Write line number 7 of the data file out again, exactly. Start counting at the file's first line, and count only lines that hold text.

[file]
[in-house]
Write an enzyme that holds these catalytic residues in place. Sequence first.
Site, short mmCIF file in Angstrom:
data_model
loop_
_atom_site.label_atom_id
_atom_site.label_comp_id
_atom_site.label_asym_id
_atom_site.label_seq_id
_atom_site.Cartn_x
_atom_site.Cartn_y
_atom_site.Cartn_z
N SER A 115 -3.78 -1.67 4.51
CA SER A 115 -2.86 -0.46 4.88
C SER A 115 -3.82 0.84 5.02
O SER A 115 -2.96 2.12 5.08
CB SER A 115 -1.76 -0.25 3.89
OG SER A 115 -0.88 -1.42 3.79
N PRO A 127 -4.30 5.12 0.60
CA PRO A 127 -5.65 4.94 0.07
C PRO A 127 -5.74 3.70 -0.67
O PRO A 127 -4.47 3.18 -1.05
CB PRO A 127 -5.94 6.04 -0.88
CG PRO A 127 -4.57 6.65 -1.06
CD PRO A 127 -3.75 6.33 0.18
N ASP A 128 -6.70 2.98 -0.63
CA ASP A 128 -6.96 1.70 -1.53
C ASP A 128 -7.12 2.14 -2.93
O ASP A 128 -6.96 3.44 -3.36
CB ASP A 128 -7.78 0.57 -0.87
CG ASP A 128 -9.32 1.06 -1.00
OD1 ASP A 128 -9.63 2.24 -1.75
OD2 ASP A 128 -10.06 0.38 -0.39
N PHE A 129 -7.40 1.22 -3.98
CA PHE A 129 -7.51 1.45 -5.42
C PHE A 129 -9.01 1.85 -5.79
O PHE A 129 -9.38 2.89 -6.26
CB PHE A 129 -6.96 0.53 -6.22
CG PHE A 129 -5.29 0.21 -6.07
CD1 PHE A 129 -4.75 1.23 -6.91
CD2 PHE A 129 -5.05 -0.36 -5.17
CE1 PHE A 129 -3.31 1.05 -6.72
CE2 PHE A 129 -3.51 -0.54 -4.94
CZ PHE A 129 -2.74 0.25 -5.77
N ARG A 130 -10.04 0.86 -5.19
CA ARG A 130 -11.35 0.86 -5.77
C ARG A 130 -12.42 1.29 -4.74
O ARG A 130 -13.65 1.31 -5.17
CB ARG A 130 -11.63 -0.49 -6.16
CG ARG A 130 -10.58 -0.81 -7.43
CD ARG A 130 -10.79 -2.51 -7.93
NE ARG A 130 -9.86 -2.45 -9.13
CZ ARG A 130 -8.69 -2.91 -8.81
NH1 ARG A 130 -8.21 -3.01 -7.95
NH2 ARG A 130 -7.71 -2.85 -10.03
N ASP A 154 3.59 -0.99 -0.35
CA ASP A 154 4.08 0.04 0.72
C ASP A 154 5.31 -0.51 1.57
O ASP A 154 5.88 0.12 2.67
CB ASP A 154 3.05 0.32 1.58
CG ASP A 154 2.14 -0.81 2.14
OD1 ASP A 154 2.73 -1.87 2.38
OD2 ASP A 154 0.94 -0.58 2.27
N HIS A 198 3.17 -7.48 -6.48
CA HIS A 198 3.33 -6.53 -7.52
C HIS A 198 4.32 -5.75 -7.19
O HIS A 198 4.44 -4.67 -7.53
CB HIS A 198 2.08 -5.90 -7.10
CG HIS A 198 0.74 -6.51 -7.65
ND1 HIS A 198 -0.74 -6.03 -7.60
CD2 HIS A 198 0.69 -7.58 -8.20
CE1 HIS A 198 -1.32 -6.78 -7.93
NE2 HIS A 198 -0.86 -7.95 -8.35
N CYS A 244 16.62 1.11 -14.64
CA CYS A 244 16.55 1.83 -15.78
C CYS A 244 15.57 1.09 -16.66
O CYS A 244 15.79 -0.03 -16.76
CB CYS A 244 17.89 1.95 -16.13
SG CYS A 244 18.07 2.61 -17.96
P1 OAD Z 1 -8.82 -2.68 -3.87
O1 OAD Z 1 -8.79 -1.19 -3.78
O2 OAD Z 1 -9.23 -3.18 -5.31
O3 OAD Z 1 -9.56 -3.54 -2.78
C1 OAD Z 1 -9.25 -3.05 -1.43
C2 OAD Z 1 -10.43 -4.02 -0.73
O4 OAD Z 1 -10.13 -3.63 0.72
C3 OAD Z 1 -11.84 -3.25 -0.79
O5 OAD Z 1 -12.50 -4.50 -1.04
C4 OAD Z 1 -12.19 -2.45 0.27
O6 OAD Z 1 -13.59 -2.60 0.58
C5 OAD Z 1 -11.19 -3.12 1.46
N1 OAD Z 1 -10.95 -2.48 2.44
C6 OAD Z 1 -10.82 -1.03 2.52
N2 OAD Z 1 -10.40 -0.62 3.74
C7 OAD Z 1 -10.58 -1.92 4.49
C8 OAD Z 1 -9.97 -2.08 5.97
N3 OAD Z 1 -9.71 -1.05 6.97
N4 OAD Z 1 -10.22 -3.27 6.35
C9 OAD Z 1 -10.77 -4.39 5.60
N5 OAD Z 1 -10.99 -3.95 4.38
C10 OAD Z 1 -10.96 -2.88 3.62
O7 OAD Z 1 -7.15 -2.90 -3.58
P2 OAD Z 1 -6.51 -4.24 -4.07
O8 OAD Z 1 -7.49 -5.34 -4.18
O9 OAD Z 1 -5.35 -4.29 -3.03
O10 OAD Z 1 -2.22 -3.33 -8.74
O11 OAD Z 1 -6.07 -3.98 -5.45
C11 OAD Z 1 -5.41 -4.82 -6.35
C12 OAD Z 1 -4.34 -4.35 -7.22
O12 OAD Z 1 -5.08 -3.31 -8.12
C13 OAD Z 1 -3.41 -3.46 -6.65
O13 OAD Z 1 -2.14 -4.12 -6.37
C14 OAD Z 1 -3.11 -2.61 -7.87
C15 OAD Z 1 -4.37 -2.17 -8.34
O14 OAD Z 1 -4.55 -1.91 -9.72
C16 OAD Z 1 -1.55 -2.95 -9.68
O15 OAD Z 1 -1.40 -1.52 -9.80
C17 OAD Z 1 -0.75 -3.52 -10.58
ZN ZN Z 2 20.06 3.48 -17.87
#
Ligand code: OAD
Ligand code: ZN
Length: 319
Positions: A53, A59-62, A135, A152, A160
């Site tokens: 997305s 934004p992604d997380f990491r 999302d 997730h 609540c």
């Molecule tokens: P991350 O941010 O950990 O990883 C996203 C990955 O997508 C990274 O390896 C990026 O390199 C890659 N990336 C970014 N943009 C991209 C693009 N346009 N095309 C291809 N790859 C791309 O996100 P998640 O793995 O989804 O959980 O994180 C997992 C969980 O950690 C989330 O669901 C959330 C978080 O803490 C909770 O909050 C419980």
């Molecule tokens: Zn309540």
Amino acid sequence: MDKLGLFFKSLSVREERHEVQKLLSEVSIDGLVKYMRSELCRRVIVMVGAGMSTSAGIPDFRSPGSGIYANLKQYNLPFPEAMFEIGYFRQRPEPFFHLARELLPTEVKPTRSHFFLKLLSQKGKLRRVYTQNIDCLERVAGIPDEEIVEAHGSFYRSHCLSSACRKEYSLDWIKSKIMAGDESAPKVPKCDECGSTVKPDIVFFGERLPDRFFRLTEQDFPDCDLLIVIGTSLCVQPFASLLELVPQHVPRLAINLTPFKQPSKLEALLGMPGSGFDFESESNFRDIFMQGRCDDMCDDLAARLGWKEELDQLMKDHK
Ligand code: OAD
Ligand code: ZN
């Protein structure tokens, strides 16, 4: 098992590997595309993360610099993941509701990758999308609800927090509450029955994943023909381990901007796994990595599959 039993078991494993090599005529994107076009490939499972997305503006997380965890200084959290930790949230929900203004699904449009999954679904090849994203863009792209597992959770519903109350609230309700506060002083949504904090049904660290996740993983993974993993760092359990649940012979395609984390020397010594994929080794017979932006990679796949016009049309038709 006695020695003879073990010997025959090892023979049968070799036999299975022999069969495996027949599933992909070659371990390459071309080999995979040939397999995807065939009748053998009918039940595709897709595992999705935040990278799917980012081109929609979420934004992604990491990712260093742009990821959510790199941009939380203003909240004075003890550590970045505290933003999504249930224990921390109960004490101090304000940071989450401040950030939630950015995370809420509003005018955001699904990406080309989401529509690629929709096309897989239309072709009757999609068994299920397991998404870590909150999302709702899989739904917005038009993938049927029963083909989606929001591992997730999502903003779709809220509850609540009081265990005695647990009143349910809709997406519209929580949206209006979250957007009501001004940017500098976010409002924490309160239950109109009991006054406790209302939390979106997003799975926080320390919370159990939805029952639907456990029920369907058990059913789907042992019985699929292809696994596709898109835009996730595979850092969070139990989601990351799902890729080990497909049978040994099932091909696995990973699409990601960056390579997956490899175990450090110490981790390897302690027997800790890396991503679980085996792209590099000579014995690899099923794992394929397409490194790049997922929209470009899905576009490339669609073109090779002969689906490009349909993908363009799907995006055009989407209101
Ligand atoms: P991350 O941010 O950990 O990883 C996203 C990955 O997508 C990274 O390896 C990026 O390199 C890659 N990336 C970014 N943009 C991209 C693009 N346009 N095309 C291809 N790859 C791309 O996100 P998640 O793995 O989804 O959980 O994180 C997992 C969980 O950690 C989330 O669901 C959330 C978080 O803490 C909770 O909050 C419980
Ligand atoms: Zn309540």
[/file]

_atom_site.label_comp_id